Thursday, July 4, 2013

Leon Bostein on the American University and Its Challenges

Bard College
Leon Bostein is the President of Bard College.  In this piece published at The Hedgehog Review, he has a lot to say about the state of higher education.  This essay is so chock-full of interesting ideas that I will simply quote a few lines below and leave it to you, the faithful The Way of Improvement Home reader, to follow-up over at Hedgehog Review.

In one of our most prestigious universities, where I happened to be visiting, I came early to the hall (which doubled as a concert venue) for a rehearsal. A lecture course on Shakespeare was underway, given by a very famous scholar. I snuck in to catch the last ten minutes. There were fourteen hundred people in the hall. When the lecture was over, the undergraduates clapped. But teaching is not a performance art with passive spectators. Five very hardy, ambitious, and probably obnoxious undergraduates scrambled to the front of the auditorium in an effort to ask a question of the lecturer. At that point, a cordon of teaching assistants rose out of their seats to block access to the professor to whom the five hungry undergraduates were seeking to pose a question. One of them broke through the cordon, got to the faculty member, and before her question was asked, the professor quipped, “talk to my assistants.” Such habits and practices will be put out of business, and they should be....

We must not resist, in my view, the idea that the university should be in the business of being of use. We should not be fighting demands to be “useful.” We should not assume that some fields of study are “useless” according to some reductive sense of utility....

It is not at all clear to me that undergraduates will respond to the terms of that professional conversation and to the way in which we are accustomed to talking about our subjects, particularly in the humanities. The most egregious case in point may be in the case of literature. Teaching a young person that reading is not just stripping the page for information or a plot, and stopping the reader in his or her tracks in an early stage to figure out possibilities of meaning are good things to do....

We are unwilling to face, in an American democratic, egalitarian context, the public or the politicians, with the real and practical virtues of the university, which appear inherently discriminatory, elitist, exclusive, and judgmental. We hide behind the mask of the university’s populist appeal as an instrument of sports and entertainment....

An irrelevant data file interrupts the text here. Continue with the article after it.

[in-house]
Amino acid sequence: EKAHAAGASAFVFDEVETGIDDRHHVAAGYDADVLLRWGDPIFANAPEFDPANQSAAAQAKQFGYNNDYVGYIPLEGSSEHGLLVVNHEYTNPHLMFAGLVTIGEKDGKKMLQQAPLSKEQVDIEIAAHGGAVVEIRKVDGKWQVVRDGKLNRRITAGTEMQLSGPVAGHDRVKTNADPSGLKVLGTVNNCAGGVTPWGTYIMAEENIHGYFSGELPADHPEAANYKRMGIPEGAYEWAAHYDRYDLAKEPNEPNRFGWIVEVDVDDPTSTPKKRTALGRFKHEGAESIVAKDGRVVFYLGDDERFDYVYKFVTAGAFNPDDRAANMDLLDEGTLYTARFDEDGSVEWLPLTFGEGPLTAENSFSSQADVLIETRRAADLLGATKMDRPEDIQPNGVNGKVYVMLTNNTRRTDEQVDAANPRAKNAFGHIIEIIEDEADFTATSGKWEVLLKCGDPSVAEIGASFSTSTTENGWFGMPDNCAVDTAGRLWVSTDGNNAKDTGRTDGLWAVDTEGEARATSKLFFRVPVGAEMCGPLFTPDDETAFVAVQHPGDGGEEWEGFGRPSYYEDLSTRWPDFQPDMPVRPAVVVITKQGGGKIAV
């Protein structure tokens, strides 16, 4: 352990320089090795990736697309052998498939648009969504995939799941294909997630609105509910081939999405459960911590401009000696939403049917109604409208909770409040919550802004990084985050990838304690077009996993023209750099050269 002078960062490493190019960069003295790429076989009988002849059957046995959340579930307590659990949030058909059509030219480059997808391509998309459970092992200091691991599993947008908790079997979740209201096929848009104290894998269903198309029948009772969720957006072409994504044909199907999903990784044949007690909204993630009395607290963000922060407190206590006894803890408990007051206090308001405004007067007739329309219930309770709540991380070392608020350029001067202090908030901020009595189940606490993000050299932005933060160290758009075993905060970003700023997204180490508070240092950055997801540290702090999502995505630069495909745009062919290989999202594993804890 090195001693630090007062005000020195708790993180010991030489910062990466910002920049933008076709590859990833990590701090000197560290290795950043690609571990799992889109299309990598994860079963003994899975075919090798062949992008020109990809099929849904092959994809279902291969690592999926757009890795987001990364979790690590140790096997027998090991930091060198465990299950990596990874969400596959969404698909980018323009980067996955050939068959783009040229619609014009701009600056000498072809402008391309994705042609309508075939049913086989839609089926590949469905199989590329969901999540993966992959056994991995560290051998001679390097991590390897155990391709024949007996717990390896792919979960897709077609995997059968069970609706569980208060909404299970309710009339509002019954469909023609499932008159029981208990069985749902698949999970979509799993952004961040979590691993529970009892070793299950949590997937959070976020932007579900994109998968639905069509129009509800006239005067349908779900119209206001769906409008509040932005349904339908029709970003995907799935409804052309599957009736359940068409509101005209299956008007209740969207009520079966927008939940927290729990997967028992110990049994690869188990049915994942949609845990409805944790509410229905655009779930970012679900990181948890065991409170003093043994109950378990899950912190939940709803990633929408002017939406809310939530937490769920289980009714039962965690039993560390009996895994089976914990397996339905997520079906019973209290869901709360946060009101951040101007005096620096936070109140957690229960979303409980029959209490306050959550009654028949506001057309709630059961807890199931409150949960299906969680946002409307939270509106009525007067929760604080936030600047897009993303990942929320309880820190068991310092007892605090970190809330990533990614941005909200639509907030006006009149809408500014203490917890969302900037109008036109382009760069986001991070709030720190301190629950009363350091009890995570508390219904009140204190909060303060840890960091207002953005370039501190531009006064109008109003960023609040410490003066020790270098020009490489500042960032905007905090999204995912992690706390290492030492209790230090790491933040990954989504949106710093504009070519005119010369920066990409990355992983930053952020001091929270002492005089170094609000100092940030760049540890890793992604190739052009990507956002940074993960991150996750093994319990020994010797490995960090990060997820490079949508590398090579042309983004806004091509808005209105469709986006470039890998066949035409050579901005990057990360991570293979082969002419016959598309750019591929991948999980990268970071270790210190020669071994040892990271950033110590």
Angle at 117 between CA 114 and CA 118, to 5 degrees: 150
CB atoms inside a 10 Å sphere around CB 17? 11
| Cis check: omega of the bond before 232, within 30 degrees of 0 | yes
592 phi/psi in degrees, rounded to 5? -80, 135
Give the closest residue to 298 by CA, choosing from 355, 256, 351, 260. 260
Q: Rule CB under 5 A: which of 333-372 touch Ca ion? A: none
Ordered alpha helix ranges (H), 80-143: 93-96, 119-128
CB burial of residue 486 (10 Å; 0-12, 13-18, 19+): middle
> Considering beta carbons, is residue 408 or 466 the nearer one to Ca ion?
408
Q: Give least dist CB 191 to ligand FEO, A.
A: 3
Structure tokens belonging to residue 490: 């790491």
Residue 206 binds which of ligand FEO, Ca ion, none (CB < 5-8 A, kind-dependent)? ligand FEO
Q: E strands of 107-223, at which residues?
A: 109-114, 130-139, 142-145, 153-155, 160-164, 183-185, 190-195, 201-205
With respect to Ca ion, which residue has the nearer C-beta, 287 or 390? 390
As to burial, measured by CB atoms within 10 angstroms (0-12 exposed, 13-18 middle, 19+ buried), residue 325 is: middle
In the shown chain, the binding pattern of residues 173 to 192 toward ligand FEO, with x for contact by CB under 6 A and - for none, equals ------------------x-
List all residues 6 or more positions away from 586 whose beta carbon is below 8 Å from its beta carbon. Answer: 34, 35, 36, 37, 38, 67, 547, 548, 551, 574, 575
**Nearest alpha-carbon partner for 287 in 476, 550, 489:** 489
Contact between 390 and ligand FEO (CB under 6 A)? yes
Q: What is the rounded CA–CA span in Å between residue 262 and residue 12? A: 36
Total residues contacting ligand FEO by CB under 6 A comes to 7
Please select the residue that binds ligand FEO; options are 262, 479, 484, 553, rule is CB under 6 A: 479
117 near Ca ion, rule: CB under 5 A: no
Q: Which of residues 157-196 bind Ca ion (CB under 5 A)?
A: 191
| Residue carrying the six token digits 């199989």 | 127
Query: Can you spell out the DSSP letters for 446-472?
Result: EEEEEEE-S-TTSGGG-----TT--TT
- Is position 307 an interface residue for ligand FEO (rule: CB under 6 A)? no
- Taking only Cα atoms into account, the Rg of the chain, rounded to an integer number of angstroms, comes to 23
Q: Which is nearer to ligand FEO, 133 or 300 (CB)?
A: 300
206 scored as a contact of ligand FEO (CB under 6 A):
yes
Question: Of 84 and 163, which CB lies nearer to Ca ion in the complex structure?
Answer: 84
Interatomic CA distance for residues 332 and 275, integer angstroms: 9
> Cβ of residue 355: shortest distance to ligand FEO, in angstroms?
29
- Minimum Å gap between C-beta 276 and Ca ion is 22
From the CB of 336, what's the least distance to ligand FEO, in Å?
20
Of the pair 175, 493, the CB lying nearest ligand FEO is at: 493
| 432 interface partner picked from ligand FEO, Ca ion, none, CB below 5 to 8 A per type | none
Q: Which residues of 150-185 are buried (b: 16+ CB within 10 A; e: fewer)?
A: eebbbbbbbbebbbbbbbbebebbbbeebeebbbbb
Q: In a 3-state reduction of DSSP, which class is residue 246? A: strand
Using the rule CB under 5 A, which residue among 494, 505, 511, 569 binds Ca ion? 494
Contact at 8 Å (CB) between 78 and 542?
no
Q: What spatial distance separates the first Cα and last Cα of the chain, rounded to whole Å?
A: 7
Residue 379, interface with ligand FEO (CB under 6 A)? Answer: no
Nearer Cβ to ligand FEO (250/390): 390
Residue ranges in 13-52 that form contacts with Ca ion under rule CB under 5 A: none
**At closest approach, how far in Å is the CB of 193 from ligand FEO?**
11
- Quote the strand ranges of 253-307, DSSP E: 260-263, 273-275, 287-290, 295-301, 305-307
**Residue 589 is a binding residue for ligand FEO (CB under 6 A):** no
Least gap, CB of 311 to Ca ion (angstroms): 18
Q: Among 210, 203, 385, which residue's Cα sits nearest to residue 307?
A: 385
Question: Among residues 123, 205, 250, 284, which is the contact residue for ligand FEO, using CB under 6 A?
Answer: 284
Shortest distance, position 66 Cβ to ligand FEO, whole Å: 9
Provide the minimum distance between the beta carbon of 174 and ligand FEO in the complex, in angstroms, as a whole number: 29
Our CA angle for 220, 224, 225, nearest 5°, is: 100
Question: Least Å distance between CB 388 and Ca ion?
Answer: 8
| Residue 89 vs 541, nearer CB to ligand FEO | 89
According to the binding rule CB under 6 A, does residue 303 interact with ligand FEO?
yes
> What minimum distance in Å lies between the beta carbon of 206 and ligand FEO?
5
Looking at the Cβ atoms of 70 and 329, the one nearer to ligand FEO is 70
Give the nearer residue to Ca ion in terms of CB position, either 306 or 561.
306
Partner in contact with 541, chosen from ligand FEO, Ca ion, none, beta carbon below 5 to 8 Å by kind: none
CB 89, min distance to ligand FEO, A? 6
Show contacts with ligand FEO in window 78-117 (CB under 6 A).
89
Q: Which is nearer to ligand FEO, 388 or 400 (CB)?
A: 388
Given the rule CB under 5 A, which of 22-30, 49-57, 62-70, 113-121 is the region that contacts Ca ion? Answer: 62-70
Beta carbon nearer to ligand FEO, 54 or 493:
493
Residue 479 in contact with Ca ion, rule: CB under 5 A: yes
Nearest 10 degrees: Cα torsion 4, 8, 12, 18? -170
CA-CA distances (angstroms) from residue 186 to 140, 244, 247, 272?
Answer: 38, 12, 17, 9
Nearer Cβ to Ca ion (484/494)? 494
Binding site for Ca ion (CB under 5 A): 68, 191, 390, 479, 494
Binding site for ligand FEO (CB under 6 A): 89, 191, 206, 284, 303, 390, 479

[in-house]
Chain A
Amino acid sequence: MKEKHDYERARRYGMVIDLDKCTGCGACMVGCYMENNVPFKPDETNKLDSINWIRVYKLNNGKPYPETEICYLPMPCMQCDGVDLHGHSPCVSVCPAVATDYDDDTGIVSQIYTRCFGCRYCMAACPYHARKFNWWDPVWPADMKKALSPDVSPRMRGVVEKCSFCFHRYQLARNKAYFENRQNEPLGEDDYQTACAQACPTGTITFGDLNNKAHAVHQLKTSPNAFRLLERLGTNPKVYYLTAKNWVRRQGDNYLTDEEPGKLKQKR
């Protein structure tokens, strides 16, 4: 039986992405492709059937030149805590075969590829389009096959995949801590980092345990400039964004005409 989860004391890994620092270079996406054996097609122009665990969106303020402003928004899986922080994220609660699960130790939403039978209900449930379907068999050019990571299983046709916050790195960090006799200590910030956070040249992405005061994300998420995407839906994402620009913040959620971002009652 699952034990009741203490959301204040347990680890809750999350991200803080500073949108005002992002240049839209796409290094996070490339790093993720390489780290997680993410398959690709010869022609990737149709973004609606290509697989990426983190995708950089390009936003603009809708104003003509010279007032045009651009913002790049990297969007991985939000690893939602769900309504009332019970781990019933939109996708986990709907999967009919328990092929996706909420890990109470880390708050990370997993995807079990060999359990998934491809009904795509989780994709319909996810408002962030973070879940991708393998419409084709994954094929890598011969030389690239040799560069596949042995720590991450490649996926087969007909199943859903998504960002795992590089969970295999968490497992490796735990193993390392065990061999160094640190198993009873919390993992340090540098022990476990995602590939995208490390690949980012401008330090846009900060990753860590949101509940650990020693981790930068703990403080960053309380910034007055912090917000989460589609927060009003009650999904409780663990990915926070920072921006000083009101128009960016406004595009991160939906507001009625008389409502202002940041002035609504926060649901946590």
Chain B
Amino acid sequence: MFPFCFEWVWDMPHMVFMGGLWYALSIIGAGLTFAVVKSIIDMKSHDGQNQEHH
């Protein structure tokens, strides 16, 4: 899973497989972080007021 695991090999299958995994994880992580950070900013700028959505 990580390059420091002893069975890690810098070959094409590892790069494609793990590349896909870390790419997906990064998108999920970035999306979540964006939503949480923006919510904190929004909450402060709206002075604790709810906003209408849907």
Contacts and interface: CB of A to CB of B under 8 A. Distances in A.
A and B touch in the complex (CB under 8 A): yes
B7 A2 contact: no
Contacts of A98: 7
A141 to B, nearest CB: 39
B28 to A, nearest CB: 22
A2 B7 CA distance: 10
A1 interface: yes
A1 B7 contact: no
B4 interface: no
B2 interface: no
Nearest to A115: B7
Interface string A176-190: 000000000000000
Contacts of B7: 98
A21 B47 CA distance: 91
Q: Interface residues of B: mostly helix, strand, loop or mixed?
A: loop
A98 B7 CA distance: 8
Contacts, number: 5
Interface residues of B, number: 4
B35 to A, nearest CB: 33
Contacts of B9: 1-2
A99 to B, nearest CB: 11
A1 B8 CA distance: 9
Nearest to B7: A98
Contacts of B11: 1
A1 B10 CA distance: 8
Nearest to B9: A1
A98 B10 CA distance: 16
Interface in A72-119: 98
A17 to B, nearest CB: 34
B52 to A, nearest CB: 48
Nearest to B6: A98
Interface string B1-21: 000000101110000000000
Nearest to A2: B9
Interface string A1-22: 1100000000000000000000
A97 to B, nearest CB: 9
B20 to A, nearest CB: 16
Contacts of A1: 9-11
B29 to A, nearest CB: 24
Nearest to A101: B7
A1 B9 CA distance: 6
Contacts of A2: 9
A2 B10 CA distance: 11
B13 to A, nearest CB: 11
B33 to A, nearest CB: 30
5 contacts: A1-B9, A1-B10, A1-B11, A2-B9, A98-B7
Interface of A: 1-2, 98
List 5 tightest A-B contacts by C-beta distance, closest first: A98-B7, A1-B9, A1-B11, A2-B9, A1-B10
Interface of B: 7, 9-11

By that token we are also complicit with most of the problems in governance at a university— the failure to have serious leadership that focuses on teaching and research and that intersects with cultural and political issues. I cannot name a single university president in office today who could possibly approach the moral or political stature of James Bryant Conant or The Rev. Theodore Hesburgh. Not only the trustees, but the alumni and faculty members, have made sure that no such person would ever be appointed president. The constituents in a university really do not want leadership. Faculty enjoy their own authority. We like the absence of centralized leadership. We want paper pushers and fund-raisers; we do not want people at the helm guiding the major intellectual functions of the university. We love our anarchic independence. In this context, anybody who wants to be a university administrator ought to be disqualified by definition....

The real advantage of a residential or classroom-based education comes from the physical reality of the university and the nominal community of scholars, which rarely really exists. Faculty members in a university do not actually talk to one another beyond narrow circles of colleagues or beyond the level of gossip....

In a well-designed curriculum, the teaching material is chosen not because of its political symbolism or fashion, but because of its pedagogical power....

The ability to think empathetically about someone who appears not identical to ourselves, who thinks differently from ourselves is crucial. Consider the revival of religion in American society. For those of us who are concerned about the sort of religion that has been revived, the dangers of fundamentalism, we need to design a curriculum that offers a deeper immersion in the theological worldviews of all the great religious traditions. It is hard to get young religious people to think critically about faith, in a way that seems not to violate the idea of faith, without close reading of great theological texts—without reading Augustine, Calvin, Luther, or Aquinas and the Koran and the central texts of other world religions, including Judaism....